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Uganda’s President Yoweri Museveni has accused social media giant Facebook of arrogance and bias as he confirmed ordering the shutdown of social media and messaging apps ahead of Thursday’s election.
Mr Museveni, dressed in a military jacket, said in a televised speech that he would not accept anybody playing with the country or deciding which political candidates were good or bad.
He said that if Facebook was to operate in Uganda, it should be used equitably by everyone.
On Tuesday, Uganda’s communications regulator told telecoms firms to block access to social media and messaging apps, hours after Facebook had closed “fake” accounts it said were linked to the government.
Facebook said the accounts were being used to manipulate public debate in the highly hotly contested election.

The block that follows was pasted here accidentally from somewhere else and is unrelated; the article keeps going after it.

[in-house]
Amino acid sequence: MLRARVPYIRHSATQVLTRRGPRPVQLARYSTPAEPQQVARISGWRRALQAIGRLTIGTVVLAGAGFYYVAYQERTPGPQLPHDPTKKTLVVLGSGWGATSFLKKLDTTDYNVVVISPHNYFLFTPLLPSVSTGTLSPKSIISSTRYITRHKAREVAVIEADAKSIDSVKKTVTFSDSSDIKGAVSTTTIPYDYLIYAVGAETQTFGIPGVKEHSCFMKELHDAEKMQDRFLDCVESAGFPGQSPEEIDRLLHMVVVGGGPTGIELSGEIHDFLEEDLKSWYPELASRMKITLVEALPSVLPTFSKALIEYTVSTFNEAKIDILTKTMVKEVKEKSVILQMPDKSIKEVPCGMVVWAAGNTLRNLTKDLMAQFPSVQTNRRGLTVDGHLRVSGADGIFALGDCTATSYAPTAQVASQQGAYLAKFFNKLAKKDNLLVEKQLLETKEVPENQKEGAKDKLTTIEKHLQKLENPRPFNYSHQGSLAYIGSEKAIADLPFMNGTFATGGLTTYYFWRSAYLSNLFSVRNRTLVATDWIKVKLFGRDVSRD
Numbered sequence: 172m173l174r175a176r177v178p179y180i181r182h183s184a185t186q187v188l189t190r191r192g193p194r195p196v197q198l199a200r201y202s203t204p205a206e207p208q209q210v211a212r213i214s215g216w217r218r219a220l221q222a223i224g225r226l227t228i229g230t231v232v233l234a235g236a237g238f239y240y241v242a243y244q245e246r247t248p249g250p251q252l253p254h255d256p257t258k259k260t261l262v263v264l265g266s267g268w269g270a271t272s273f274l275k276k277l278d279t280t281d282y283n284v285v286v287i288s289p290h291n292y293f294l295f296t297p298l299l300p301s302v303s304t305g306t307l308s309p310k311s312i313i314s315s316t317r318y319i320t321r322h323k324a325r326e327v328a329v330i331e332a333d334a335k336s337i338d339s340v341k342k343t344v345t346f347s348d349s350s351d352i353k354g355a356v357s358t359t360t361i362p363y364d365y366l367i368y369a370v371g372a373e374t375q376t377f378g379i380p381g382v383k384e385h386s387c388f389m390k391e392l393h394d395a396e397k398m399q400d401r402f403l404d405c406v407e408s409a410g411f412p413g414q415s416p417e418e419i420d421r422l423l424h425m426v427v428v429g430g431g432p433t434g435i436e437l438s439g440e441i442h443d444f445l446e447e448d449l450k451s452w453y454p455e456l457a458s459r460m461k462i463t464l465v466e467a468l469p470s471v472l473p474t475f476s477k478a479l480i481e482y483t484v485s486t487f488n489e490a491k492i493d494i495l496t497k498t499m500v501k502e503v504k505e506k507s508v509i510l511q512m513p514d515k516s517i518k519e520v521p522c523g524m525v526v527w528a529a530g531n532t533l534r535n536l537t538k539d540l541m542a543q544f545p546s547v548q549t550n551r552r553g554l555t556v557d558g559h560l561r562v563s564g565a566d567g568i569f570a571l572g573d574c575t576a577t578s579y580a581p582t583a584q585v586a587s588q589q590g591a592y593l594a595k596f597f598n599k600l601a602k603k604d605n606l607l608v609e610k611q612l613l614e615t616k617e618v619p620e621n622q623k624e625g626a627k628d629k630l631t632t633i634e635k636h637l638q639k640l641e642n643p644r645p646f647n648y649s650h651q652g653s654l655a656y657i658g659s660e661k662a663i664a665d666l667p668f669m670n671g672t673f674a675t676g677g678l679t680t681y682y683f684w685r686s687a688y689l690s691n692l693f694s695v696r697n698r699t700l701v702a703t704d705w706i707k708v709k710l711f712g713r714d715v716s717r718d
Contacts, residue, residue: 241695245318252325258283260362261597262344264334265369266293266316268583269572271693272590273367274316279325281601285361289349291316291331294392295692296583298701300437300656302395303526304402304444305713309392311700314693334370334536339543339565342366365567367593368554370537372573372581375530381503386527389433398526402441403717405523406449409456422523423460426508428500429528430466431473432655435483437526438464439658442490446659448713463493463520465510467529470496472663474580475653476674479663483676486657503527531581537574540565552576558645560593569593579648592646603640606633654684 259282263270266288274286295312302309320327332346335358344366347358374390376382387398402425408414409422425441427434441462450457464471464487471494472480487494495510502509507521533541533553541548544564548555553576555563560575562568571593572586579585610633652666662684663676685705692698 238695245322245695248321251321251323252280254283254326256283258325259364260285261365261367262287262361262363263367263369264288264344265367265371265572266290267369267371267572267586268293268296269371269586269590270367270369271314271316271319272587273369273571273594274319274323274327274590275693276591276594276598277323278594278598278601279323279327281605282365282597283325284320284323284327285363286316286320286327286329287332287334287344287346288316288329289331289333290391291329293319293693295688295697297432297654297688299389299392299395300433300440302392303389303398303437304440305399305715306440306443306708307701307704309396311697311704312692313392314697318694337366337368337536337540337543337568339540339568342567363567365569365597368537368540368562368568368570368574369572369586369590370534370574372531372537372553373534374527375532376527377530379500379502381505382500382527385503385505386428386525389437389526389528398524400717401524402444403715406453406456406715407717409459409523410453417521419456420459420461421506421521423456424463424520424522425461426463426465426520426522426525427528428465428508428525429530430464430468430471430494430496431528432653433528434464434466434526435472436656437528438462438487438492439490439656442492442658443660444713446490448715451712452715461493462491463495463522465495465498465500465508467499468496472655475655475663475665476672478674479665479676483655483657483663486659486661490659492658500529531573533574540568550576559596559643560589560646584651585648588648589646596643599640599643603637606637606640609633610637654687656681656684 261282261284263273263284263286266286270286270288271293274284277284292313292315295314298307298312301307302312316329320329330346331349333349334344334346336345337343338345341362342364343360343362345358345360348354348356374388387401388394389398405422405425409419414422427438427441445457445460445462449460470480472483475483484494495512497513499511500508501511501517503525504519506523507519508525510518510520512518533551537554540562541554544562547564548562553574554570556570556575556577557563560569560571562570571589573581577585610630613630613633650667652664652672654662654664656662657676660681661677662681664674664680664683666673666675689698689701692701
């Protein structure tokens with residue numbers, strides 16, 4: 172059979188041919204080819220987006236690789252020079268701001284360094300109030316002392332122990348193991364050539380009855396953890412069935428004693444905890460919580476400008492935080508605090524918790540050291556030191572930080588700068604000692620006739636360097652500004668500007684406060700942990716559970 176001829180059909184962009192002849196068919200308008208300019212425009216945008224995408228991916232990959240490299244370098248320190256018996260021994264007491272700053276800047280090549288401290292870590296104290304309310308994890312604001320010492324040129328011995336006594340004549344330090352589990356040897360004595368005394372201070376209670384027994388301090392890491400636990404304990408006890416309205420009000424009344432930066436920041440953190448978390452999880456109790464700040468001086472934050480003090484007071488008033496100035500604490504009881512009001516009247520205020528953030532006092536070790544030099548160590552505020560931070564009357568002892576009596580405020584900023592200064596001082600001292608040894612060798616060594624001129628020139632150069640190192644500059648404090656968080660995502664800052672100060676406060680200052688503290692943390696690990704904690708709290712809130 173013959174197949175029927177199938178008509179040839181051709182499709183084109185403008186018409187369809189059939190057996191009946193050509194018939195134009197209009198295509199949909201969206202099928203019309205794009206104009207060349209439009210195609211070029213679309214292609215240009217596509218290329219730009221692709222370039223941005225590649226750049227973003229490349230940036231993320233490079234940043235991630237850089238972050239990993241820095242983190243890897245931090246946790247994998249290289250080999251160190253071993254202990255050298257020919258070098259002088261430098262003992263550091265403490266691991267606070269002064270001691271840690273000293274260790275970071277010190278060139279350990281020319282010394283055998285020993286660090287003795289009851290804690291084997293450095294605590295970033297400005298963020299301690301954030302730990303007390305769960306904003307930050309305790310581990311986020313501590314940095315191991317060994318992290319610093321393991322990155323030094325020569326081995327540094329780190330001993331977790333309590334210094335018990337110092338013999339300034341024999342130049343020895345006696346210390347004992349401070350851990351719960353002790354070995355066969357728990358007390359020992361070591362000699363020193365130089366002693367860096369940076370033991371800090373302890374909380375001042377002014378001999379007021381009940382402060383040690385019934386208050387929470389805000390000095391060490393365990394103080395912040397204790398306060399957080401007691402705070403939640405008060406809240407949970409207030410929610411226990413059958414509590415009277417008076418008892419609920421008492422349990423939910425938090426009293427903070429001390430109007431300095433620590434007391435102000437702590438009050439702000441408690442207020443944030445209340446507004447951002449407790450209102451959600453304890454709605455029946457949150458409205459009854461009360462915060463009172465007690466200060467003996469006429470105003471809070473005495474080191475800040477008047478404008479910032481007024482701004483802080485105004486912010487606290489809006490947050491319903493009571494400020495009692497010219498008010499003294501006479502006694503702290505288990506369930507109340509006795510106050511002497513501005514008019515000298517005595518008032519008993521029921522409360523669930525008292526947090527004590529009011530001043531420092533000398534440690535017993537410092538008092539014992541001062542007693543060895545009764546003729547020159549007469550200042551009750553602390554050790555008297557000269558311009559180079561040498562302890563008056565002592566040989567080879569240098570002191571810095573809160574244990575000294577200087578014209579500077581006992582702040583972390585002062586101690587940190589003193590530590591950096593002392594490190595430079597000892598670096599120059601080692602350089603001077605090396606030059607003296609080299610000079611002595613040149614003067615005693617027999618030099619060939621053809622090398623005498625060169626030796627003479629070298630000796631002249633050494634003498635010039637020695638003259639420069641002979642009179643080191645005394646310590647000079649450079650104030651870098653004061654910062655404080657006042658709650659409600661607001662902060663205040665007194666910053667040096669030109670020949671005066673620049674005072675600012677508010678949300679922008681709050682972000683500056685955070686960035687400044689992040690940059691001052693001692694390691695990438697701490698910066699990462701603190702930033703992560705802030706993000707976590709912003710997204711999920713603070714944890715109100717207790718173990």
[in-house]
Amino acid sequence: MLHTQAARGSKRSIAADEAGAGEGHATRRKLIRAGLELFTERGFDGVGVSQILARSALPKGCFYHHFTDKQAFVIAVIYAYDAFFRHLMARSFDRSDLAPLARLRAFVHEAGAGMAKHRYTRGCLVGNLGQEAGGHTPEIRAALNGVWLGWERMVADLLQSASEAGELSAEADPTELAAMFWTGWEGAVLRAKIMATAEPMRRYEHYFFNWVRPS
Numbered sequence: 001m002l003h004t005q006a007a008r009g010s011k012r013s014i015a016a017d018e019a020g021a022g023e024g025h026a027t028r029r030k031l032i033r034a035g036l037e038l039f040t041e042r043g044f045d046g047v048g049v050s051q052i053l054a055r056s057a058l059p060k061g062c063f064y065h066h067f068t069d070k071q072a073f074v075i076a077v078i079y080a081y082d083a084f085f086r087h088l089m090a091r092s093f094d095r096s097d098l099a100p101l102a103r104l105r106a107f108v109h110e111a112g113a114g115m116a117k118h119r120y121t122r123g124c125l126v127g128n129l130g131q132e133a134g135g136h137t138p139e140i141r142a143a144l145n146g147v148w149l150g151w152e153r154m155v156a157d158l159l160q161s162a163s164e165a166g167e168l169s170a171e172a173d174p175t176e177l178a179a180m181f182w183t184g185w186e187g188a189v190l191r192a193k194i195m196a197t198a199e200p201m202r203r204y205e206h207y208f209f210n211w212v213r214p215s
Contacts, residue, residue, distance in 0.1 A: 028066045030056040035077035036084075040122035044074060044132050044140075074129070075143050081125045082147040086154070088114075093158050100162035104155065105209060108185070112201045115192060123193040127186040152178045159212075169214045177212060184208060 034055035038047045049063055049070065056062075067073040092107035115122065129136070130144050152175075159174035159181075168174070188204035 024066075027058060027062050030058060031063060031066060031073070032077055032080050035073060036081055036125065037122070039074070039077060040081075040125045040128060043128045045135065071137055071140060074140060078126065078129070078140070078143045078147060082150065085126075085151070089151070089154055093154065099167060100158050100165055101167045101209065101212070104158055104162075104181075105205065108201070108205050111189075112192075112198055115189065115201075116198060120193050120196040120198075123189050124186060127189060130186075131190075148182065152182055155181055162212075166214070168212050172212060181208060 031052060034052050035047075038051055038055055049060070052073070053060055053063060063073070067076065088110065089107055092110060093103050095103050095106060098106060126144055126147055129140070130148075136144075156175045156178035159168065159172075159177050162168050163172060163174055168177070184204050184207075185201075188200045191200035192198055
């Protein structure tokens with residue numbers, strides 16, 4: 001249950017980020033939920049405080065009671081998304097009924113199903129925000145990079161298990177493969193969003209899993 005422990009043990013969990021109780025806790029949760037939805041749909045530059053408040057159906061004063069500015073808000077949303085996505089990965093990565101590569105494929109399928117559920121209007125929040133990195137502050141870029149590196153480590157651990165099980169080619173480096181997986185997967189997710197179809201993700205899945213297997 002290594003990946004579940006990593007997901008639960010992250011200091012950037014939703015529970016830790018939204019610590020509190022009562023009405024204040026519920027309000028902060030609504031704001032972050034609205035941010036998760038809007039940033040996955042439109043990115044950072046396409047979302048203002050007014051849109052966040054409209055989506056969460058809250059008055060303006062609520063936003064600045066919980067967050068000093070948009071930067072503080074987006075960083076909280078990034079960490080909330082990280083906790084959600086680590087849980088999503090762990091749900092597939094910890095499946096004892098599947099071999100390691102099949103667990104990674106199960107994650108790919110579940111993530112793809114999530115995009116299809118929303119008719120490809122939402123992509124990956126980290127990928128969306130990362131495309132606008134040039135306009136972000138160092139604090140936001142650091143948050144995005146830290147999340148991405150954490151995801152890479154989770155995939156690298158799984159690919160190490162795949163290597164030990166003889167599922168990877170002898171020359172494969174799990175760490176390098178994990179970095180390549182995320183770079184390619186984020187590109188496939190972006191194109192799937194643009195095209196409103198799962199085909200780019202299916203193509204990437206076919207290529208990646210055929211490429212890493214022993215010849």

Users of social media and messaging apps began reporting disruptions early on Tuesday on Twitter, WhatsApp, Instagram and Snapchat.
Twitter has responded by saying the shutdown violates basic human rights and the principles of open internet.
Meanwhile the US has condemned the government’s decision to shutdown social media, while the UN chief Antonio Guterres has called for respect for human rights.
Mr Guterres “encourages all political actors and their supporters to publicly commit to conduct their political activities peacefully and refrain from incitement to violence or hate speech”, his spokesman Stephane Dujarric said
US diplomat for Africa Tibor Nagy tweeted: “Such restrictions undermine human rights and fundamental freedoms.”
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